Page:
Ross Coastal Plain Marsh Preserve
Ancient sand dunes from the shores of postglacial Lake Nipissing created a mosaic of botanical communities on this beautiful and environmentally important 1,449-acre preserve, the most outstanding being three coastal plain marshes. These wet meadows occur in sandy basins along the shores of small lakes and ponds and harbor plants and animals ordinarily found in marshes along the Atlantic and Gulf coasts.
The preserve contains wooded inland dunes, wetlands, small lakes and northern hardwood forests. The diverse flora includes eight species that are either endangered or rare, including globe-fruited seedbox, meadow beauty, appressed bog clubmoss (Lycopodiella subappressa) and netted nut-rush
The Nature Conservancy will host an introductory meeting for persons interested in volunteering at the Preserve. You can learn more about what the Preserve offers and the volunteer program by attendiing the event on June 4th at 7-8 p.m in the Edna Norris Classroom at the Sarett Nature Center at:
2300 Benton Center Rd.
Benton Harbor, MI 49022
Planned activities for the summer workdays will be presented, as well as tentative dates. TNC will also introduce its program to pilot a Volunteer Conservation Team that will work on the Preserve regularly throughout the summer months.
Southern Blue Flag at Ross Preserve
State lawmakers are considering a bill to make location and condition of energy pipelines secret. House Bill 4540 would exempt information about existing and proposed energy infrastructure from disclosure under the Michigan Freedom of Information Act.
This is supposed to be in the name of national security, but inspection records and other reports of the quality of the pipelines would also be hidden away from the eyes of concerned citizens and journalists, shielded by an exemption to the Michigan Freedom of Information Act.
That does not bode well for the environment and is evidence of the legislature’s proclivity to eliminate oversight of operations of business and industry that can, and do, effect the health and welfare of citizens as did Enbridge’s leaking oil pipe under the Kalamazoo River. Continue reading
Two recent articles show why “no ice is safe ice.” Links are embedded below. Both are worth reading.
Last week a Huffington Posts blog by Tom Gill showcased the beauty and magnificence of shelf ice on Lake Michigan. The article explains how that beauty is produced and what are the dangers of the winter coasts on the Great Lakes.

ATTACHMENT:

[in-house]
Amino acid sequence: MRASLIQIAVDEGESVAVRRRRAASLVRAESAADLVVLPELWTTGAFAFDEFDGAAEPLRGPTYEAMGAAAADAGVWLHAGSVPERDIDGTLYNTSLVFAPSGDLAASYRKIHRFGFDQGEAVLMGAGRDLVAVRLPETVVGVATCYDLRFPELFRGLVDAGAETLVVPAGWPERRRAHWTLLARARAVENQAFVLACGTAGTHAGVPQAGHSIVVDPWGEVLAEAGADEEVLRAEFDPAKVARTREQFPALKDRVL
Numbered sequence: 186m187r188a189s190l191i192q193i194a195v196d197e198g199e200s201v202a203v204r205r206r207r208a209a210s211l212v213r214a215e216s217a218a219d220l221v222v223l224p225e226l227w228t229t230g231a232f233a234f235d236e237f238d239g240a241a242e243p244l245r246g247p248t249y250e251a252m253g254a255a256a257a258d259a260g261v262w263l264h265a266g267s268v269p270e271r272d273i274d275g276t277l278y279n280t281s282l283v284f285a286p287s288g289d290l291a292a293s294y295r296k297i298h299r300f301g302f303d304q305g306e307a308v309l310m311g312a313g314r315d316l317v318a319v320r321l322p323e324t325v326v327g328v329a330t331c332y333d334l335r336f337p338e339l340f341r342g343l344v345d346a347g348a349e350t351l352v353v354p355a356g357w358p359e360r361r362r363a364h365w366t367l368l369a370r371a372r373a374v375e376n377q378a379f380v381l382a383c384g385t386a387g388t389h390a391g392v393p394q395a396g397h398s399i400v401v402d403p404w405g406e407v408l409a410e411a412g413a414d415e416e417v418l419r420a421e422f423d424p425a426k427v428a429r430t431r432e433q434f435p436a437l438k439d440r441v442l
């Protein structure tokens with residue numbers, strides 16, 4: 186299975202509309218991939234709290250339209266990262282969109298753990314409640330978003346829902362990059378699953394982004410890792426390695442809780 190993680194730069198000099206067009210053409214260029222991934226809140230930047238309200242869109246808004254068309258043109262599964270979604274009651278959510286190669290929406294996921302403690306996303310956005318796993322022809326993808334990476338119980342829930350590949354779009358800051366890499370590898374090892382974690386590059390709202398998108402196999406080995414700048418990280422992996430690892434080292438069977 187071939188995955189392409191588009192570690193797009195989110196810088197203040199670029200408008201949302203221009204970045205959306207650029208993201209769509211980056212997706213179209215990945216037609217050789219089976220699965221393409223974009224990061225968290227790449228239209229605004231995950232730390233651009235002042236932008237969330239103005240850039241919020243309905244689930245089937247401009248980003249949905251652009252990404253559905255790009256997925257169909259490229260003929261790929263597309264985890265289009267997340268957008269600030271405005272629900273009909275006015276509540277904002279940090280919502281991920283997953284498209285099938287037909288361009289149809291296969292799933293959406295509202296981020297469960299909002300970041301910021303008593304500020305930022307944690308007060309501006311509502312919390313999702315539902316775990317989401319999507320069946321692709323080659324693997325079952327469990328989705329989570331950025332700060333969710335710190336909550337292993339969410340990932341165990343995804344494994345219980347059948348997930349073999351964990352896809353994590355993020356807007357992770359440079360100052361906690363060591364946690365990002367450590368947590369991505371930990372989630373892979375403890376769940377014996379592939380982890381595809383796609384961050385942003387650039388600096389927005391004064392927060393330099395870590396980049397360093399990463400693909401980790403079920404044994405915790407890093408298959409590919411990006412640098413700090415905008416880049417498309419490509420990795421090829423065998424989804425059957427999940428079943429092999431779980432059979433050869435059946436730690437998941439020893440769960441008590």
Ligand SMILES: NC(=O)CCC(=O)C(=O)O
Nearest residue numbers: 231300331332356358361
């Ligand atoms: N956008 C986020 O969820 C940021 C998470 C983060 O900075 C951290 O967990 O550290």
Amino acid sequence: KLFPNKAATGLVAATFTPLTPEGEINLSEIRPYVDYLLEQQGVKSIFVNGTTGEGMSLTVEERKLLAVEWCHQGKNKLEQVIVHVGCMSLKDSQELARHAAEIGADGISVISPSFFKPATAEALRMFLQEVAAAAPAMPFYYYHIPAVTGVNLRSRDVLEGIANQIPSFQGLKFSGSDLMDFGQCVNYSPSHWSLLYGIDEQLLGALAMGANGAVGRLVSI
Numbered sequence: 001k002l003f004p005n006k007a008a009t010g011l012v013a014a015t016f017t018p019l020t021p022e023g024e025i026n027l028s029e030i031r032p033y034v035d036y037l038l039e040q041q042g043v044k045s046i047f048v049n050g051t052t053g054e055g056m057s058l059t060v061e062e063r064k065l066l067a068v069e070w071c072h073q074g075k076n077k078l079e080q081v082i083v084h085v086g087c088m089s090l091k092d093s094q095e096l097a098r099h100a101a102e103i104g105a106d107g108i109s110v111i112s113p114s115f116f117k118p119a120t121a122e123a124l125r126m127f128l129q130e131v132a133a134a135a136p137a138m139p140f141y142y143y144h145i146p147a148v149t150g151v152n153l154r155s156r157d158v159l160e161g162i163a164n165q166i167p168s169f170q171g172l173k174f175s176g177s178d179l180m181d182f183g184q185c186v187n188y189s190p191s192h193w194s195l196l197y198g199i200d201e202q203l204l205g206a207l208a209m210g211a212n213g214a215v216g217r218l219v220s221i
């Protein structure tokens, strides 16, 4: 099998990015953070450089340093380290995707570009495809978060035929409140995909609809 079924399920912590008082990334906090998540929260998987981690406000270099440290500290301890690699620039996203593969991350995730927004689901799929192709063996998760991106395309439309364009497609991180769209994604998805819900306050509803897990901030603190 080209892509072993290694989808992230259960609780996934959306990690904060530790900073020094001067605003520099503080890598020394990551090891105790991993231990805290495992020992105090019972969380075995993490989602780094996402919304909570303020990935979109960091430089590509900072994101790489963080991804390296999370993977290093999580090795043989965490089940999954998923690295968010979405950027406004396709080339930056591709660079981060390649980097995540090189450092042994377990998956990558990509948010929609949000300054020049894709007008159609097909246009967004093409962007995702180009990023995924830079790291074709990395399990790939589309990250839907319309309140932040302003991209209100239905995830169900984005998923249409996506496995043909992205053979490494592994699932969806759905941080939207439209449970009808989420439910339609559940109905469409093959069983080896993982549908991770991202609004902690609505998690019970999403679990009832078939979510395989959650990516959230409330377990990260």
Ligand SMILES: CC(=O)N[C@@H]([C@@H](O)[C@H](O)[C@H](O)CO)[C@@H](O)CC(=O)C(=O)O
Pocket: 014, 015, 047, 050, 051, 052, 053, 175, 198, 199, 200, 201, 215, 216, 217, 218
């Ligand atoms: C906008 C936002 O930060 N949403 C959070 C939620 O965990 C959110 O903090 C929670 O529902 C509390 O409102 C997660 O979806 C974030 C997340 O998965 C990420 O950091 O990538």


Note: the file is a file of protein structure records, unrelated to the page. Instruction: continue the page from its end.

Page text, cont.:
An article on MLive Muskegon Chronicle contains further warnings about ice formations and also concludes that “no ice is safe ice.”
Yesterday, Governor Rick Snyder came out in support of conservation and good science when he vetoed Senate Bill 78, which would have blocked state agencies from designating land to protect biodiversity. Continue reading
The property adjacent to the White River Township Dunes Sanctuary has been under threat from development for 20 years. Three times a developer has applied for DEQ permit to develop the plot. Three times a permit has been denied.
In the most recent attempt, the developer proposed an access road across the sanctuary, but he was unable to comply with the requirements of the critical dunes law.
Last year the DEQ rejected G-Bro’s permit application to build an access road across the White River Critical Dunes Sanctuary to gain access to a landlocked property with 200 feet of lakefront.
G-Bro, a real estate developer, subsequently sued the township seeking an easement. The recent agreement puts further legal action on hold, and gives the township 18 months to raise $900,000 and buy the G-Pro property. The township plans to seek both private and public funding for the purchase.
Further information is available at MLive.com.
For history of the controversy search for “white River” in the box in the upper right corner of this page.
We will follow developments and keep you up-to-date.
Yesterday the natural resources committee approved Senate Bill
78. (See related posts.) It will proceed to a vote of the full House where it is expected to easily pass.
It is not too late to ask your representative to vote “no” on SB78 and to ask the governor to veto it if the House passes it.
Once again the House has demonstrated that only by electing legislators who value the natural environment and are committed to protecting it will the state’s natural resources be safe.
Wrongheaded Bill Is Real Threat
The Natural Resources Committee of the Michigan House of Representatives has scheduled action on Senate Bill 78 for its meeting at 8:30 AM Tuesday, December 9. This is a bad bill and if passed into law will reverse over 100 years of Michigan’s protection of biodiversity.
Passage of this wrongheaded bill will Continue reading